XP SP2 deployment is smooth – so far
- 23 August, 2004 22:00
As Microsoft smooths out the ripples after last week's big splash with Windows XP Service Pack 2, users say they found fewer problems than they expected, but some complain that late code changes and lingering compatibility issues will serve to refuel testing efforts and further delay full-scale deployments.
The biggest deployment issues this week involved tweaking the Windows Firewall, which is turned on by default, to open ports or configure exceptions to ensure applications such as antivirus and management work correctly.
Microsoft also issued a hot fix to correct an IP addressing bug that was crippling VPN software and another that will make it possible to edit new XP SP2 Group Policy Objects from older Windows platforms.
The company also fixed a bug that prevented users with Software Update Services, which lets corporations centrally manage patch deployments from inside their firewalls, from controlling the installation of XP SP2.
"We have seen fewer problems than expected and not anything major," says Russ Cooper, moderator of the NT BugTraq Web site and senior scientist for TruSecure, which develops security and risk management products and services. He says preliminary results of his online survey of more than 600 people show 43% of users plan to deploy the software in the next 30 days or less and 25% in the next three months, while 14% were undecided on when to deploy.
Some users, however, discovered compatibility problems with applications they already had tested and blamed last-minute changes Microsoft made to the XP SP2 code.
"If I am upset about anything it is the fact that Microsoft did make what I consider to be significant last-minute [code] changes in the final days and weeks without providing even those with extraordinary access [to source code] the ability to test their applications," says Jeff Altman, president of Secure Endpoints.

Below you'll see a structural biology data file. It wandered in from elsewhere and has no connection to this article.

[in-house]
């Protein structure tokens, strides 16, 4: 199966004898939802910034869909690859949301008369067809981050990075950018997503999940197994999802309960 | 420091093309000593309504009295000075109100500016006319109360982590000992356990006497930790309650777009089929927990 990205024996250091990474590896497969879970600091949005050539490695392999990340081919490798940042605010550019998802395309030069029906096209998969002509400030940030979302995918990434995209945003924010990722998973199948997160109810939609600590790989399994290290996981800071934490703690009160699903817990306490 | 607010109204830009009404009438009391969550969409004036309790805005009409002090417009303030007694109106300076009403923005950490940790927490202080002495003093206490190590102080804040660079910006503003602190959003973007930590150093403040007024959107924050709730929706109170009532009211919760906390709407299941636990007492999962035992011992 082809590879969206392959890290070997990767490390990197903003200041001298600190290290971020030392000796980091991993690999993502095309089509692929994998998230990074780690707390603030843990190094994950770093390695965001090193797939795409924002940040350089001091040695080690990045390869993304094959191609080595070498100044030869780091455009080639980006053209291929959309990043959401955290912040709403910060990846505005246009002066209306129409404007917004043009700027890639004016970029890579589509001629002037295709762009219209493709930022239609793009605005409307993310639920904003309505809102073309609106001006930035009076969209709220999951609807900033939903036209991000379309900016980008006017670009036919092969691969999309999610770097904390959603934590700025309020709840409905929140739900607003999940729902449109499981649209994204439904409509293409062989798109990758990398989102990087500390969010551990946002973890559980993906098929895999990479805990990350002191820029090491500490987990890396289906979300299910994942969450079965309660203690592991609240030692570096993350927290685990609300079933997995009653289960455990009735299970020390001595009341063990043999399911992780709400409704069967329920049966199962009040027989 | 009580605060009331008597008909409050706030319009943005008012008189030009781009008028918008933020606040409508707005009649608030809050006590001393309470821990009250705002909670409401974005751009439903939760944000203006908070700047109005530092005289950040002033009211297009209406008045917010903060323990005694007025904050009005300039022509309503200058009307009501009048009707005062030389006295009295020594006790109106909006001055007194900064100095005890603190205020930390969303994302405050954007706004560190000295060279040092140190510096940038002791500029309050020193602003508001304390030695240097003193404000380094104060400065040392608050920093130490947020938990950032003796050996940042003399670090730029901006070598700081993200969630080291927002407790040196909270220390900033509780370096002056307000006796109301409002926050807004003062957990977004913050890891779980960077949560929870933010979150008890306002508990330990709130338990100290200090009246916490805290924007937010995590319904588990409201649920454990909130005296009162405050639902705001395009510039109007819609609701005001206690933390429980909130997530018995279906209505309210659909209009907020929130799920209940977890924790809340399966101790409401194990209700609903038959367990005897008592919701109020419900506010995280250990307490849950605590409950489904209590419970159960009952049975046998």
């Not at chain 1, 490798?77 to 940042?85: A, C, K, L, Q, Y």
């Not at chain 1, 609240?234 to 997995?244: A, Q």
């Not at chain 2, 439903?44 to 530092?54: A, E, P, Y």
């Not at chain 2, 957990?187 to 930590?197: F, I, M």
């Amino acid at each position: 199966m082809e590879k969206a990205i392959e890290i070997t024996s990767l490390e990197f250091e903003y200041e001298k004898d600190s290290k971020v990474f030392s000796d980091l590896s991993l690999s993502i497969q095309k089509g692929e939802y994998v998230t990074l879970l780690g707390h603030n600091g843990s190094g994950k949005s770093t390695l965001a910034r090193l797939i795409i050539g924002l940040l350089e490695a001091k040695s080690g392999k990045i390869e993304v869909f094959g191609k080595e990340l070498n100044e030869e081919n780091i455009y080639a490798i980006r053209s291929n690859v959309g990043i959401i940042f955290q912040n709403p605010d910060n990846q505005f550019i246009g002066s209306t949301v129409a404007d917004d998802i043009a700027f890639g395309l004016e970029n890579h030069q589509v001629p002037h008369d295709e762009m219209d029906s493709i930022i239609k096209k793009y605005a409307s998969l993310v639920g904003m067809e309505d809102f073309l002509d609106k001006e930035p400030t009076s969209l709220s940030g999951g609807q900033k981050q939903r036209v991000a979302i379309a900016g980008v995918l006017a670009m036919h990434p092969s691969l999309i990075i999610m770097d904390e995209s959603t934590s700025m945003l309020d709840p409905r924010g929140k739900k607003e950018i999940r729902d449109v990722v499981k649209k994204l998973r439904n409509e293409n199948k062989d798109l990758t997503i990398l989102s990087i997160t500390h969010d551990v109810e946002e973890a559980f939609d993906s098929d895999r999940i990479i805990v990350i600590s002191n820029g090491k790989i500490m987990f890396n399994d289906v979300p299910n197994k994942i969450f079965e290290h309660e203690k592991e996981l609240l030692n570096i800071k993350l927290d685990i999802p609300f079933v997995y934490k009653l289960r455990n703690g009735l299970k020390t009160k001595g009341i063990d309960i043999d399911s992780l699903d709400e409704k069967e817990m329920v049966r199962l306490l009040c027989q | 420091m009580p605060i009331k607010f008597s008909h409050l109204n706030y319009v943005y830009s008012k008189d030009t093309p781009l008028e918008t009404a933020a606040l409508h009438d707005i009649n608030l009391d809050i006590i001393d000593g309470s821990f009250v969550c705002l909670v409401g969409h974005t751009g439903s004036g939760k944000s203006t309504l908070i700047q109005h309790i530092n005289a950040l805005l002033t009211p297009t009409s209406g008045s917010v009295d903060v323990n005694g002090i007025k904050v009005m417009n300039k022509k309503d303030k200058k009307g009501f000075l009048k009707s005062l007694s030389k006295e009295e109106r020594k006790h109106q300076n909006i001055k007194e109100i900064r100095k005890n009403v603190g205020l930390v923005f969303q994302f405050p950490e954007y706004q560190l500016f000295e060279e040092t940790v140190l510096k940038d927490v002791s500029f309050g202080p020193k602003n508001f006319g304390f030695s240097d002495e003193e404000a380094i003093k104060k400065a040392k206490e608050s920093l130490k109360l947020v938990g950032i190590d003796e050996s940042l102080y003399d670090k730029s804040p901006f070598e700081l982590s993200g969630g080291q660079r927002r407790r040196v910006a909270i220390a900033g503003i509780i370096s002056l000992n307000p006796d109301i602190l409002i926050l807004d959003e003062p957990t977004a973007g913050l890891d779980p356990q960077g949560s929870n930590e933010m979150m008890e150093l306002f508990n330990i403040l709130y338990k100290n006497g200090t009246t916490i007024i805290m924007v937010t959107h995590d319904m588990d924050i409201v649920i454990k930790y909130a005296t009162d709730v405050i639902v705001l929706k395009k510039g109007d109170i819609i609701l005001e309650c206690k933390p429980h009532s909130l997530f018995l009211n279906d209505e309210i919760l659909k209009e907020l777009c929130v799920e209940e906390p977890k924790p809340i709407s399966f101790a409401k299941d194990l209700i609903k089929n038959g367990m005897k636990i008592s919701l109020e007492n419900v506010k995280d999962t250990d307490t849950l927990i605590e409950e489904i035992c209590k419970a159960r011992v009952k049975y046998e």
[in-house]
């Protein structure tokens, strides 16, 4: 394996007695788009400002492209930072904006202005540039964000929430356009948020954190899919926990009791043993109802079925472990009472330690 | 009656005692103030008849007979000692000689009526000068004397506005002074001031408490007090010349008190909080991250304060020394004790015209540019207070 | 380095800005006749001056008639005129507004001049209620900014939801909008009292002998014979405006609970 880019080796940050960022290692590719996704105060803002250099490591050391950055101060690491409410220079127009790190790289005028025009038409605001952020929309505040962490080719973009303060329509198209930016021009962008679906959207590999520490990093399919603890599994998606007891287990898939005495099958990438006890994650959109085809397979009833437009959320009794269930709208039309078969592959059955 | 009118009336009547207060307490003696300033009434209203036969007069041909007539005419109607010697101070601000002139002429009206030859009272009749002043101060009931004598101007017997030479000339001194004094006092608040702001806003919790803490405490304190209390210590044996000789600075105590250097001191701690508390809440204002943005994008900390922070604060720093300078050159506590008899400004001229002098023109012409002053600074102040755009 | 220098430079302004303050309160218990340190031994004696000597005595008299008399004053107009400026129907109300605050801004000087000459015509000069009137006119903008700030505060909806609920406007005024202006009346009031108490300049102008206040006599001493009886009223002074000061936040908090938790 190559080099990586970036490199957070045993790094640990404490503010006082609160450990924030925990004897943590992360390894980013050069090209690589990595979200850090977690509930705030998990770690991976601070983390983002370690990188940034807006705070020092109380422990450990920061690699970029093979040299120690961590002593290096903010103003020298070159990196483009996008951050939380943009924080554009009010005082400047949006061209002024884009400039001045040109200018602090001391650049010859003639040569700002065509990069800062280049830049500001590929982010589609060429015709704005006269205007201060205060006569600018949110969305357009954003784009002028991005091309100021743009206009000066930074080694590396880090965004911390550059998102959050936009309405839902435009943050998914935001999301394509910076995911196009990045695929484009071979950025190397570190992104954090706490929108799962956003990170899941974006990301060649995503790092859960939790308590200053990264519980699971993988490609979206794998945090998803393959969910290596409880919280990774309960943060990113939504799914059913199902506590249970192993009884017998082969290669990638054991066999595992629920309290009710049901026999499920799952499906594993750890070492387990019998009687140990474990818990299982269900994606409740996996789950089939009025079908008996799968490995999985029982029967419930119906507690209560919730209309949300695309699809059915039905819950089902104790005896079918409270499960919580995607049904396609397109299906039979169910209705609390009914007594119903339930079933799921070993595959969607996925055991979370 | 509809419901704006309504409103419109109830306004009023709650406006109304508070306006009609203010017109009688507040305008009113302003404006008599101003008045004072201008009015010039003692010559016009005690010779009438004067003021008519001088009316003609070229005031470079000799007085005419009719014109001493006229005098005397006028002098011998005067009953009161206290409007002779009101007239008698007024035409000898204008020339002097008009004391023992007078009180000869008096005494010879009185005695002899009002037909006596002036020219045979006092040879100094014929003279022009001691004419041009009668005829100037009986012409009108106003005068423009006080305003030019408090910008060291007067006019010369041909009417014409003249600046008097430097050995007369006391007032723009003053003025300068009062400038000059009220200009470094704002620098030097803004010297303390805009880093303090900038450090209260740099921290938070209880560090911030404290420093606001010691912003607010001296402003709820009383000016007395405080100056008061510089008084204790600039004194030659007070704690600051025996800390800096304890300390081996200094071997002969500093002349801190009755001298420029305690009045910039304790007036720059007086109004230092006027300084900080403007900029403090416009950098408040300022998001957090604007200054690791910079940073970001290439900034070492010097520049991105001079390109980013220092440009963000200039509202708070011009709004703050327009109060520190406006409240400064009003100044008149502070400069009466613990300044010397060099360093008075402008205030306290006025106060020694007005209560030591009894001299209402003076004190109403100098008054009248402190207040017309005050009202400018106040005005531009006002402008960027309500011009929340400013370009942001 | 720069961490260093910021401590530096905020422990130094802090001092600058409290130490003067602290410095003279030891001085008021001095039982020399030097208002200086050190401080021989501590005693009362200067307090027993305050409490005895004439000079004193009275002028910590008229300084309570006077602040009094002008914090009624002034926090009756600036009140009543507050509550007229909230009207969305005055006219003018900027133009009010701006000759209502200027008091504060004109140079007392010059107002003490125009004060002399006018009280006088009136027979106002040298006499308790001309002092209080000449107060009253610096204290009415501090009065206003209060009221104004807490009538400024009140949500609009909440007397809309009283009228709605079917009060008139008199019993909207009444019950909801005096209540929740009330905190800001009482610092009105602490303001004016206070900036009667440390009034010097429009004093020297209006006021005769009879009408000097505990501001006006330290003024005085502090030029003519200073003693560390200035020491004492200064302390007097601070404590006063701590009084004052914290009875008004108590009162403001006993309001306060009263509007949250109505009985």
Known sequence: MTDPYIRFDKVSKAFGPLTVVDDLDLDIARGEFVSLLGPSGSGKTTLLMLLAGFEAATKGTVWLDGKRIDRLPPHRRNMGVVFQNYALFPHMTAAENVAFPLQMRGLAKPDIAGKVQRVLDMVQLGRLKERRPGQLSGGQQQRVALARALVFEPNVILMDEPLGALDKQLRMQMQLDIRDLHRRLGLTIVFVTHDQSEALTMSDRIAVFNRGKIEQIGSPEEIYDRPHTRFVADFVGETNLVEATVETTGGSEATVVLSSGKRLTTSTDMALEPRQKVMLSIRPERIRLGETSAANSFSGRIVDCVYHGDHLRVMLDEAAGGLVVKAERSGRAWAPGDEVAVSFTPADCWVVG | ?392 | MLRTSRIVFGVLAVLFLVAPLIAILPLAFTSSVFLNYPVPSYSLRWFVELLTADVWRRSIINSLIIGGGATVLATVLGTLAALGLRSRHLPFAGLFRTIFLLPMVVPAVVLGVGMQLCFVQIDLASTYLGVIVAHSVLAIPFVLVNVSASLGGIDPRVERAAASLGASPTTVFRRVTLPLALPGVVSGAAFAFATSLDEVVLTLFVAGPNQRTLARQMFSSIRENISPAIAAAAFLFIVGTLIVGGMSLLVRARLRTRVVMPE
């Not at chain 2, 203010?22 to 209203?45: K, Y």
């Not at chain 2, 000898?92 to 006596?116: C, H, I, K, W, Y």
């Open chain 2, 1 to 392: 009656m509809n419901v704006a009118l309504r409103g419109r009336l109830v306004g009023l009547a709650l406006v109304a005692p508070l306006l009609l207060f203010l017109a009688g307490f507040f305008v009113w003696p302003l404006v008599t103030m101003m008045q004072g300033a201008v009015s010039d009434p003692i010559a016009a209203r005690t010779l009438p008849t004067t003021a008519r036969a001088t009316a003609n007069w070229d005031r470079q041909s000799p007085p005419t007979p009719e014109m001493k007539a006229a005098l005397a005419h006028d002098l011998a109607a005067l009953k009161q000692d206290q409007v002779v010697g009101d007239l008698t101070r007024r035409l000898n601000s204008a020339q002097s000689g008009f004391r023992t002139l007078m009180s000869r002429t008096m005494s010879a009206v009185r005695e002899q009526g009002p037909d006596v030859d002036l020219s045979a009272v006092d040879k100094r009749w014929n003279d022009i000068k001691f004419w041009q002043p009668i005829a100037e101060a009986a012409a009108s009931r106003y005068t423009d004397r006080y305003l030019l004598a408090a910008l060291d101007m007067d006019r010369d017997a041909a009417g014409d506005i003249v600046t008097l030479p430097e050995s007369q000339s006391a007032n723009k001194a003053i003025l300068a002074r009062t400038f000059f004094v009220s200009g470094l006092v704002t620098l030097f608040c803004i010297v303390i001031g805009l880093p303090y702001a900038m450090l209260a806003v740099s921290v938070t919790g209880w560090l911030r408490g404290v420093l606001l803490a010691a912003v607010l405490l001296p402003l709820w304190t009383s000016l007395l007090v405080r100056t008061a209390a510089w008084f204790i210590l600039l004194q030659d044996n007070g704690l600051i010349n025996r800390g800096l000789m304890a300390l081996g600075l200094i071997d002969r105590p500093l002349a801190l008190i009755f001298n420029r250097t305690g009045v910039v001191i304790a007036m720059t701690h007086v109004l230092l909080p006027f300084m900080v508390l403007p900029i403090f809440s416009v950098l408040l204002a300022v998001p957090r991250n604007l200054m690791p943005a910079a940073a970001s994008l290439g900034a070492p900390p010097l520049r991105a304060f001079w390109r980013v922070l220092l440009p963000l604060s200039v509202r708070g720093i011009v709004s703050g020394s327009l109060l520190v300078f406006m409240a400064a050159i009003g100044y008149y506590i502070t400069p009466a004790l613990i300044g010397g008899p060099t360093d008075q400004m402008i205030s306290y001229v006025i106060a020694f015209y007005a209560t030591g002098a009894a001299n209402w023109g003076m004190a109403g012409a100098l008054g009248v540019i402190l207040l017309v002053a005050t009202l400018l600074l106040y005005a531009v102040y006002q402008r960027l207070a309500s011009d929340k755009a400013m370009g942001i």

Barry Goffe, group product manager for Windows product marketing, says "a fair number of changes were made between the release candidate and final code," but adds that this is normal procedure for all software development.
Others found severe incompatibility problems with homegrown applications and some say the XP SP2 code is not ready for enterprise deployments.
"It's sloppy code," says Ian Hayes, a security manager for a major government contractor he asked not be named. "This service pack may be more suitable for XP Home users but not for people who use power apps or security tools that run XP Pro."
Hayes says he found that SP2 erased restore points used to roll back to a stable operating system configuration, forcing the rebuilding of some desktops. "It's going to be a long slow evaluation," he says.
A German research firm reported it found two bugs, but Microsoft officials refused to comment on what it labeled "unsubstantiated issues".
But with nearly 300 applications already affected by XP SP2, some large corporate customers aren't exiting the test phase.
"We have decided not to do SP2 at this point," says Richard Mickool, executive director of information services at Northeastern University in Boston. "We're just not sure of what applications and how many it will break. Until we know what and how, we want to work carefully around that."
Others also say they are allowing for prudent evaluation periods, but say problems they are finding with broken applications is the price for converting to a more secure operating system.
Joe Doyle, network engineer for Promega, is at the start of his final three weeks of testing. "Knowing that changes to the [operating system] will help mitigate new worms and viruses and protect our users, sometimes from themselves, lets us as systems administrators sleep better at night."
"With the firewall turned on by default that means a whole class of attacks on Windows will no longer succeed. And hooray for that!" says Mark Rockman, programmer and systems administrator for Alphagenics, who already has rolled out XP SP2 on his small network without incident.
But others had enough incidents to know that XP SP2 won't make it out of their test labs for some time.
"We have a lot of homegrown applications that did not work well with SP2. It will be six months before we roll it out," says Chip Logan, IS manager for Alvey Systems, which manufactures material handling equipment.
In the end, users say XP SP2's greatest feature might be that Microsoft is starting to understand security.